Some members of Congress appeared divided on the question.
Sen. John McCain, R-Ariz., criticized Morsi’s performance as president but stressed that he had been elected by a majority of Egyptians in 2012.
“It is difficult for me to conclude that what happened was anything other than a coup in which the military played a decisive role,” he said. “I do not want to suspend our critical assistance to Egypt, but I believe that is the right thing to do at this time.”
But some others voiced caution. Sen. Tim Kaine, D-Va., said he had accompanied five Republican senators on a trip to the Middle East last week and that close U.S. allies in the region strongly advised against halting funding for Egypt.
“It’s important that we not just shoot from the hip on that,” he told reporters
Focusing on U.S. spending, Sen. Rand Paul, R-Ky., tweeted: “In Egypt, governments come and go. The only thing certain is that American taxpayers will continue to be stuck with the $1.5 billion bill.”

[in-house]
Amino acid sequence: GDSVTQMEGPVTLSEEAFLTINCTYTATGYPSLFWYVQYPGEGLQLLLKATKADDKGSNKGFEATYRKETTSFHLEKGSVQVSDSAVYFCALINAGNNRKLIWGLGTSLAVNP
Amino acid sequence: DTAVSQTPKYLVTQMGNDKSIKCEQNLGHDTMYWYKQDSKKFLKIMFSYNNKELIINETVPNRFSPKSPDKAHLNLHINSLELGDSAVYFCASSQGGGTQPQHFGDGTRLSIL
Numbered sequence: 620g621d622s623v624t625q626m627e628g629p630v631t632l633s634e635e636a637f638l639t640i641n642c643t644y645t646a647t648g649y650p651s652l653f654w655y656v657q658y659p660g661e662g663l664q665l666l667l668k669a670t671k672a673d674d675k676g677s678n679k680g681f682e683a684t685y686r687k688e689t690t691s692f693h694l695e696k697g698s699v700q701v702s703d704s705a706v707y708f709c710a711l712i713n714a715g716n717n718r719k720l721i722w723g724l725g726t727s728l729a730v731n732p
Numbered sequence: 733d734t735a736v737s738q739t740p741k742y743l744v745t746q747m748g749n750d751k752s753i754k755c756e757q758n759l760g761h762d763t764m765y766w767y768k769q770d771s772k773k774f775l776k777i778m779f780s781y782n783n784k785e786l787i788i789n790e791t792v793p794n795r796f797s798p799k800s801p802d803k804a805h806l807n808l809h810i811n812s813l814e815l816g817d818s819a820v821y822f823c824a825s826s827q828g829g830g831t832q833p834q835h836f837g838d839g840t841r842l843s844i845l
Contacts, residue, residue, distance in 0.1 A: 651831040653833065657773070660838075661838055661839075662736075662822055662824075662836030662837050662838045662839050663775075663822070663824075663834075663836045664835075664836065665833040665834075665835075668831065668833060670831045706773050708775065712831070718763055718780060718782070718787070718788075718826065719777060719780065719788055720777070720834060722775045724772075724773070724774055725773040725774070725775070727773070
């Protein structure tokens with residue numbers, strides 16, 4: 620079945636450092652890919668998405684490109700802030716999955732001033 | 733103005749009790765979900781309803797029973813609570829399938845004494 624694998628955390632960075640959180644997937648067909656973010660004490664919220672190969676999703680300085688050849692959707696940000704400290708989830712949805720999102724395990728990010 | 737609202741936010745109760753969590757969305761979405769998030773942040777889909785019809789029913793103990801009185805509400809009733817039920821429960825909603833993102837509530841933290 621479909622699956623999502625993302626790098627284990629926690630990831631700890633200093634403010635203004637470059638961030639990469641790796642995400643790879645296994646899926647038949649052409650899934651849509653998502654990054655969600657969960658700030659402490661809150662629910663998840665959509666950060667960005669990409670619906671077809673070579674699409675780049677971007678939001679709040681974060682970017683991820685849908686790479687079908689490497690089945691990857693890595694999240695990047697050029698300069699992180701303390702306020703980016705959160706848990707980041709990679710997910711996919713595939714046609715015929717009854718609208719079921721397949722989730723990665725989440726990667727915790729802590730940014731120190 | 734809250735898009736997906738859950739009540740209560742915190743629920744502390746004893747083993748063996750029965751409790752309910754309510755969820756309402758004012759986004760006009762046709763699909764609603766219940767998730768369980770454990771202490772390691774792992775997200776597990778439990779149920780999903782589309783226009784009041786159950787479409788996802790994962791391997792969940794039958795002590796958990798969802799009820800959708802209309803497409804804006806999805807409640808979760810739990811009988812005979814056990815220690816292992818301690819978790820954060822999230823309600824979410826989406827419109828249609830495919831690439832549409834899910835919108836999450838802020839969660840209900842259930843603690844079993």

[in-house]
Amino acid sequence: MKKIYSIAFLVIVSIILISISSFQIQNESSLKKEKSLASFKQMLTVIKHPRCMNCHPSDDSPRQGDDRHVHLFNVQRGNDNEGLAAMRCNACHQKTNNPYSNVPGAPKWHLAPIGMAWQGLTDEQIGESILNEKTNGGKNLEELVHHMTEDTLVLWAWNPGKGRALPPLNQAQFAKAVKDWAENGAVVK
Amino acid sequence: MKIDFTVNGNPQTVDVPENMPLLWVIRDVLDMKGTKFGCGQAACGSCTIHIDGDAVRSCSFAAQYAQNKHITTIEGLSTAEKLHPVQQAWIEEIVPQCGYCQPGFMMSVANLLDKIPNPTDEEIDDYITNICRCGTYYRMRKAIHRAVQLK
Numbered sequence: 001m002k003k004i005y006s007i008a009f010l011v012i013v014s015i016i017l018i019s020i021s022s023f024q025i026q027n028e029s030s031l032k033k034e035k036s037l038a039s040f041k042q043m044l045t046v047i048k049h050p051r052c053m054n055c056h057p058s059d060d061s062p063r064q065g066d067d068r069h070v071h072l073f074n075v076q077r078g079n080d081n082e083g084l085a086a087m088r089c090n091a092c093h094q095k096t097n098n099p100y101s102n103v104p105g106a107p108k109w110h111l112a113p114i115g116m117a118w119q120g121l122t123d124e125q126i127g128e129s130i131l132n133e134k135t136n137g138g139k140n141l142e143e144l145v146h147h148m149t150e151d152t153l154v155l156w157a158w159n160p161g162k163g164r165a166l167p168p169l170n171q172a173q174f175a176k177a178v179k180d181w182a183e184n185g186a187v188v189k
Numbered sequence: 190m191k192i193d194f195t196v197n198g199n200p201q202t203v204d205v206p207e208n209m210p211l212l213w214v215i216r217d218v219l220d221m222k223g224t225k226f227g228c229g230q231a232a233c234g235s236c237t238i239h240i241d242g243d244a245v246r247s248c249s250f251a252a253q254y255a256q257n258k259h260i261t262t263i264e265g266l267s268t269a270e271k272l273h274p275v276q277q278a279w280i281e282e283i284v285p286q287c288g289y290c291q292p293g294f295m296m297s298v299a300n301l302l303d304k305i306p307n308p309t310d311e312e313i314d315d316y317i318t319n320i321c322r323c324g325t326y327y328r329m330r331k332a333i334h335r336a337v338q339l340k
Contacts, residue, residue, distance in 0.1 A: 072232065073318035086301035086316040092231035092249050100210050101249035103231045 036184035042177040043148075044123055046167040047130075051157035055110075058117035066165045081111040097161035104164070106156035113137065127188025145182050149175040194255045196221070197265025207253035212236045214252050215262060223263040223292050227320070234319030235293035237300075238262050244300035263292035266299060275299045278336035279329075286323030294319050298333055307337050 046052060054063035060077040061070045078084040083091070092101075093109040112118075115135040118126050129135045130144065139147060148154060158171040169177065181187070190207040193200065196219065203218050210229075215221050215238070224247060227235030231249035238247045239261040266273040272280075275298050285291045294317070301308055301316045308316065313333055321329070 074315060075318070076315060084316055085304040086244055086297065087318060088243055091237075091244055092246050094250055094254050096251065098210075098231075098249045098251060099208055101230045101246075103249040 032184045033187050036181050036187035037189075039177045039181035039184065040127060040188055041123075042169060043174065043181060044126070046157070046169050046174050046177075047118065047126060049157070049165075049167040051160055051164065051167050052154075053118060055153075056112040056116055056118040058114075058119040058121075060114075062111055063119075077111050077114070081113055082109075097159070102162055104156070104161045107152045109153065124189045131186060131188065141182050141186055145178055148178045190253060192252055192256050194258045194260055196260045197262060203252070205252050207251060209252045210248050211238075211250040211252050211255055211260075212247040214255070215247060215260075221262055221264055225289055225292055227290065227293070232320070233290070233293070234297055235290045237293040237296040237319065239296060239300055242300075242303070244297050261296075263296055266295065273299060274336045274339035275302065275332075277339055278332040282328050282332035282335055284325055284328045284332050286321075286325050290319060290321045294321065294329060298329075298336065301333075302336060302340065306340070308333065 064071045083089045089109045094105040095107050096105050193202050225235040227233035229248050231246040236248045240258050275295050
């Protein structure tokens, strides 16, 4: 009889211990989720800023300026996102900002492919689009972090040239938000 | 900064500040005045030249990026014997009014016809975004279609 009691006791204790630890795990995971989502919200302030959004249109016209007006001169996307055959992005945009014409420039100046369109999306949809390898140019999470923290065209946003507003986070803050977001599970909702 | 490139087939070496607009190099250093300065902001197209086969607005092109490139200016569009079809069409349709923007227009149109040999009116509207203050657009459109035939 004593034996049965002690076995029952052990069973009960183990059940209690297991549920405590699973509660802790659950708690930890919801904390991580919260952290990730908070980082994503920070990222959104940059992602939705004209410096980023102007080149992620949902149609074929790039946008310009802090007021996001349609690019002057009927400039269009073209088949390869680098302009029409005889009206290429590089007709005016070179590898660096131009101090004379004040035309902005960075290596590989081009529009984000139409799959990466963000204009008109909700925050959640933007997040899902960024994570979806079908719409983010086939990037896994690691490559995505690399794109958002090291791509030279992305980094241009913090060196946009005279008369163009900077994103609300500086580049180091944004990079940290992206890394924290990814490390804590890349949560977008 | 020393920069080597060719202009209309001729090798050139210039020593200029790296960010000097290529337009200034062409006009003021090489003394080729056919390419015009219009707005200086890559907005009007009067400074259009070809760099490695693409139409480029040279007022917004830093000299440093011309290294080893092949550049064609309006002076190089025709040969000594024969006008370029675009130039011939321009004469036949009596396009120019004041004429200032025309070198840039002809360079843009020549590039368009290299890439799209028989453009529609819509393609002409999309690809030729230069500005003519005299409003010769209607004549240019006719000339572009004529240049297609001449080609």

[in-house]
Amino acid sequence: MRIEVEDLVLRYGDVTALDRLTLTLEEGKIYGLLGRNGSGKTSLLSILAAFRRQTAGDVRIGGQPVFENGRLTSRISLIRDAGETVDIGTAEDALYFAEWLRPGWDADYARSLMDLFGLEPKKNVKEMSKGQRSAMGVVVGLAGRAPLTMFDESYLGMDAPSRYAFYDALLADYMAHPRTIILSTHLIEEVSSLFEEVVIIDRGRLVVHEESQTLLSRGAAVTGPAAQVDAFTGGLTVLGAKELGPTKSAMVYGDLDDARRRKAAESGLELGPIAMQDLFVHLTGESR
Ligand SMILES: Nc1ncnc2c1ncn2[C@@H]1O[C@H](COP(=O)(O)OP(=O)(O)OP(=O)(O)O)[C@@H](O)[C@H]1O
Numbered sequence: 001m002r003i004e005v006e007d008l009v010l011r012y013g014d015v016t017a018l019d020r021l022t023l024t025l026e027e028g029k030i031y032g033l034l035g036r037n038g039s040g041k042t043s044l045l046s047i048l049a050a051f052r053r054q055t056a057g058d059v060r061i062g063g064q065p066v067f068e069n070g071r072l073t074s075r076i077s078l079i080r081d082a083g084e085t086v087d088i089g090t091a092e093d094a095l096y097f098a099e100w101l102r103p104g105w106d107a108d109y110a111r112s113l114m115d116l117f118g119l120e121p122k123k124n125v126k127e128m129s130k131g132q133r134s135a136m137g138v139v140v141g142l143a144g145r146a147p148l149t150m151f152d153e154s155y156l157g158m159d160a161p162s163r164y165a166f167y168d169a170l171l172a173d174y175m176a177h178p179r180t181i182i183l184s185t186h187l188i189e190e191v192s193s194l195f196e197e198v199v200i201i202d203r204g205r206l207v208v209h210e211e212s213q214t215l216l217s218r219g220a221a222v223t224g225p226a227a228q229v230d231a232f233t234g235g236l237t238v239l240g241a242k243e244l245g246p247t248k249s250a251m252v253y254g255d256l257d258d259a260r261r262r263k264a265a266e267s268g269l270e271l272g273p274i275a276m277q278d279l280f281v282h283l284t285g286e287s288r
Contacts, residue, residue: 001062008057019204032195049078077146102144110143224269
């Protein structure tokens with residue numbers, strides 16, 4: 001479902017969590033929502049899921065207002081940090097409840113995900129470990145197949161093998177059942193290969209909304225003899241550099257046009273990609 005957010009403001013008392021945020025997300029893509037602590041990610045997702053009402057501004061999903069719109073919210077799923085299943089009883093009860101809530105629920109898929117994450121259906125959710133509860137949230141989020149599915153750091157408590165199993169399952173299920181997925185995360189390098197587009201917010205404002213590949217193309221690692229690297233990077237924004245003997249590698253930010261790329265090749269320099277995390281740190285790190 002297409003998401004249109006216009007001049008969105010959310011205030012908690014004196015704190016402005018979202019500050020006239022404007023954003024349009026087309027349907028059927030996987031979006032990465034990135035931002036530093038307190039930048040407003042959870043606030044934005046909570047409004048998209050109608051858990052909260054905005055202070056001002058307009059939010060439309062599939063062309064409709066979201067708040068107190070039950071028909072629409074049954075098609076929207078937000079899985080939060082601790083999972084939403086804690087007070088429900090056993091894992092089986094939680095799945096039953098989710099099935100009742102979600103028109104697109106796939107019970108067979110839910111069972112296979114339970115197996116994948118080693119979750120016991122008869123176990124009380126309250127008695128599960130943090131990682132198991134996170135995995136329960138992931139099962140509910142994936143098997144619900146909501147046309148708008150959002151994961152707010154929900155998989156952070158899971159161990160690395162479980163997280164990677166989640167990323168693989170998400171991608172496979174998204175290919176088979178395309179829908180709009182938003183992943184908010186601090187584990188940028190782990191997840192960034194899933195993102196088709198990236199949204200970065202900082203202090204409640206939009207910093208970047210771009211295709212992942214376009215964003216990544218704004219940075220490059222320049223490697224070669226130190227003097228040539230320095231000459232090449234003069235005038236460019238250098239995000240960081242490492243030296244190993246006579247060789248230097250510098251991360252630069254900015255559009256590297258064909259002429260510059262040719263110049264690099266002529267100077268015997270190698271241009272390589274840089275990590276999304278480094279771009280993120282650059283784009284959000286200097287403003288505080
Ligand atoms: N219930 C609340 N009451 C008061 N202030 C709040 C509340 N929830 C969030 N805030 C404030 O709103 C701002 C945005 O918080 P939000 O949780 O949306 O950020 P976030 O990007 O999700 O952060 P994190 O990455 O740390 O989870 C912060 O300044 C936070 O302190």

At the State Department, spokeswoman Jen Psaki used similar, if not identical, language to Carney’s to describe the current take on developments, pointing out that the U.S. has long provided significant assistance to Egypt even when it had serious concerns about the actions of its government. She appeared to refer to the tens of billions of dollars in U.S. aid sent to the government and military of authoritarian former leader Hosni Mubarak who ruled Egypt for decades without free and fair elections and under emergency decrees that gave him vast powers.
“The reason we have provided this aid in the past doesn’t mean we have supported, even prior to this, every action taken by the government of Egypt,” she said. “But there are security interests in the region; there are security interests for the United States.”
Psaki demurred when asked if deposing an elected leader, placing him under house arrest and appointing a new head of state — as the Egyptian military has done over the course of the past five days — was not a clear example of a military coup. She pointed out that millions of Egyptians opposed Morsi, who had become increasingly autocratic, and did not believe his ouster was a coup.